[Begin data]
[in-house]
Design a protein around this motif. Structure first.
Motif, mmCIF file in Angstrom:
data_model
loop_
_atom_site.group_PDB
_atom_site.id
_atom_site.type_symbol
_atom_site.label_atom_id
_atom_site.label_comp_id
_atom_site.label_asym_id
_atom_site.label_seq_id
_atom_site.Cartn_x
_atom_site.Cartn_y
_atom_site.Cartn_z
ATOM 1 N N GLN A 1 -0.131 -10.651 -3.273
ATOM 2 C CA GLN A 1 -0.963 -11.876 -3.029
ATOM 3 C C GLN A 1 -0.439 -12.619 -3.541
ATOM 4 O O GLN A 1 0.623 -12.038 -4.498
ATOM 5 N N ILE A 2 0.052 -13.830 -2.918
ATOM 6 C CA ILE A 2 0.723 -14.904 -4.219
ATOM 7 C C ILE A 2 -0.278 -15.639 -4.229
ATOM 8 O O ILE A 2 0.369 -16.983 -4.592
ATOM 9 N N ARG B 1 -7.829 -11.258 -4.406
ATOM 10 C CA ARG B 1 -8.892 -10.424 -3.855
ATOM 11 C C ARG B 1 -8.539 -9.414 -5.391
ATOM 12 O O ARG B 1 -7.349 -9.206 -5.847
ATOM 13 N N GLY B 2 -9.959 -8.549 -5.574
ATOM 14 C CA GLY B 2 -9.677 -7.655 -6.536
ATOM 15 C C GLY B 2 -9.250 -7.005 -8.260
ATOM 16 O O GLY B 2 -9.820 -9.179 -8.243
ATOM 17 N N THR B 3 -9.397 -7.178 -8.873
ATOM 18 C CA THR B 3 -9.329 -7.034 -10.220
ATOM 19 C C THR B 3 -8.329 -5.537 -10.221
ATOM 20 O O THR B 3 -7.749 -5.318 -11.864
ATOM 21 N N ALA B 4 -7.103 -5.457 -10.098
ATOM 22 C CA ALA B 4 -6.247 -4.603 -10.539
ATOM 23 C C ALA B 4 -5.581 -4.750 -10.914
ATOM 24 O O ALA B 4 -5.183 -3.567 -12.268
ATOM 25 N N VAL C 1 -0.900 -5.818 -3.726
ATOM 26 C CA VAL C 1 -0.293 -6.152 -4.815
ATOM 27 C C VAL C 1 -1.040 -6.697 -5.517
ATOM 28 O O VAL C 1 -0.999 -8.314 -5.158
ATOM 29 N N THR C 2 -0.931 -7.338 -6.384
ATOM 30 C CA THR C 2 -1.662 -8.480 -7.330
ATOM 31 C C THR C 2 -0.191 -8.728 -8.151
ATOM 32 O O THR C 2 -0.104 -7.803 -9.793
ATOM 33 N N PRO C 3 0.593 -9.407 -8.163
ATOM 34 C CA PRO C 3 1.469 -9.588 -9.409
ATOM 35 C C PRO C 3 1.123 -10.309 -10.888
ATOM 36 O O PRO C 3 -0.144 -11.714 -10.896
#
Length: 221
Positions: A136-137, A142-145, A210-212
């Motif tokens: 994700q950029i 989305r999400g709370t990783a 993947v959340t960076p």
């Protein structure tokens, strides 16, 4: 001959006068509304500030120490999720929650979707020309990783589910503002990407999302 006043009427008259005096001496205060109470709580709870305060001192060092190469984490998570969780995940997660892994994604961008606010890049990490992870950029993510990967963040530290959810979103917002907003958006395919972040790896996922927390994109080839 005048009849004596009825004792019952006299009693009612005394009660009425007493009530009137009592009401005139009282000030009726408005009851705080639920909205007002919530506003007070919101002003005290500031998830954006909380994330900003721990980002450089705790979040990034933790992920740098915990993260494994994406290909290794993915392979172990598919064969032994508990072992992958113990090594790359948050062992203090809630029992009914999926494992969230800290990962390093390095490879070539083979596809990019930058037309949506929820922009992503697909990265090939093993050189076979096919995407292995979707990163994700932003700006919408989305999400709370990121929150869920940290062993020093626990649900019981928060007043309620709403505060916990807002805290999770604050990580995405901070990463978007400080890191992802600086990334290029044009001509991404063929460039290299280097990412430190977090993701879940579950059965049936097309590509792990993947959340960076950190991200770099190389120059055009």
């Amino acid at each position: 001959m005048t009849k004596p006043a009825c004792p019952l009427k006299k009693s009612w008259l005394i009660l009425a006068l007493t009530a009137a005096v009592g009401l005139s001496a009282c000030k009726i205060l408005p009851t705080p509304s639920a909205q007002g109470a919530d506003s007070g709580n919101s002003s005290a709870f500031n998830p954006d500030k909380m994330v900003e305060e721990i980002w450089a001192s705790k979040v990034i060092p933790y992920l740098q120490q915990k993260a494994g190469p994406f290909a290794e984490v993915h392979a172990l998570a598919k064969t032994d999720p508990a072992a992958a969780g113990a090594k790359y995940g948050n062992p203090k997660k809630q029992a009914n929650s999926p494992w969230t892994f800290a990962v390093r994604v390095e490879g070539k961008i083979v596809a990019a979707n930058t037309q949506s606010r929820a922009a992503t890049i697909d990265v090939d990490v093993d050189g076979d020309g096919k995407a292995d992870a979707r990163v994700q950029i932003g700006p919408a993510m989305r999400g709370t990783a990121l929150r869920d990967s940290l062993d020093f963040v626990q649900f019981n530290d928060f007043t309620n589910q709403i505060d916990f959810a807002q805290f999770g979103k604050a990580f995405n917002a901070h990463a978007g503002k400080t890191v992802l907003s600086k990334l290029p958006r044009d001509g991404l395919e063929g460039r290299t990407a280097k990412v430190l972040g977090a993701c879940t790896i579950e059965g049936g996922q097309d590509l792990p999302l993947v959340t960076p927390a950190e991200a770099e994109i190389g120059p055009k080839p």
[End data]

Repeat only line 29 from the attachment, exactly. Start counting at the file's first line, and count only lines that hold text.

ATOM 14 C CA GLY B 2 -9.677 -7.655 -6.536